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Allowing for asset, liability and business risk in the valuation of a life company

  • Shyam Mehta
  • Phelim Boyle
Part of the The New York University Salomon Center Series on Financial Markets and Institutions book series (SALO, volume 1)

Abstract

Traditional life company appraisal methods use projections of reported profit rather than of cash flow, and use discount rates typically selected without any theoretical underpinning. The theme of this paper is that life company valuation can be based on an analysis of the characteristics of the individual cash flows which form the net cash flow. Projected future cash flows may be compared with the income and gains expected from traded securities, such as common stock and government bonds, in order to assess their values. Individual rather than overall cash flows are selected for this market value based analysis because of their generally simpler distribution characteristics. Cash flow interactions are taken account of separately. Standard asset pricing models enable one to allow for lapse, mortality and other risks, and for option features. The resulting overall value is an estimate of the value of future returns discounted at risk rate(s) consistent with the estimated risk/return trade-off implicit in the capital markets.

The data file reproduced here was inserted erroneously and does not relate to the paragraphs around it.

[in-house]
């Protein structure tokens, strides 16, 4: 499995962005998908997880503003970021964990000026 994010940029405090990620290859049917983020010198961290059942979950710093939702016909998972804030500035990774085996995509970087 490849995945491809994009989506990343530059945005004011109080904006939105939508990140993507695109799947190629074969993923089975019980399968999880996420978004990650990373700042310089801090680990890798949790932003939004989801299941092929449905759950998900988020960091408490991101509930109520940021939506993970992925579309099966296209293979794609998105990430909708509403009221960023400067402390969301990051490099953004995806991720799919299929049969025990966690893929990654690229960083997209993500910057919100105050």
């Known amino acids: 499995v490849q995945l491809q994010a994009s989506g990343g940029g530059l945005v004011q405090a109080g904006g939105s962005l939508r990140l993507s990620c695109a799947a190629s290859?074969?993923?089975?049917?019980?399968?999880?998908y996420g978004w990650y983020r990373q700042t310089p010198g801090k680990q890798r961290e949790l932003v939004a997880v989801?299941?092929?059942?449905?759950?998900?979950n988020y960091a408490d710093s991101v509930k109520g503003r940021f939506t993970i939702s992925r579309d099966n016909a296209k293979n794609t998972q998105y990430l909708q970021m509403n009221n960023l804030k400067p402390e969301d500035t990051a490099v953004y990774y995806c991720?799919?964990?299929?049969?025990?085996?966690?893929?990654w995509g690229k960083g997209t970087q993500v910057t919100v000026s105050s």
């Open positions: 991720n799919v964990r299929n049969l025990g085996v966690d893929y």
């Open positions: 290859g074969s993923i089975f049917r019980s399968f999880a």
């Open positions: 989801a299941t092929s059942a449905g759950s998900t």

Keywords

Discount Rate Cash Flow Option Price Call Option Asset Return 
These keywords were added by machine and not by the authors. This process is experimental and the keywords may be updated as the learning algorithm improves.

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Copyright information

© Springer Science+Business Media Dordrecht 1998

Authors and Affiliations

  • Shyam Mehta
    • 1
  • Phelim Boyle
    • 2
  1. 1.Merrill Lynch InternationalUSA
  2. 2.Centre for Advanced Studies in FinanceUniversity of WaterlooCanada

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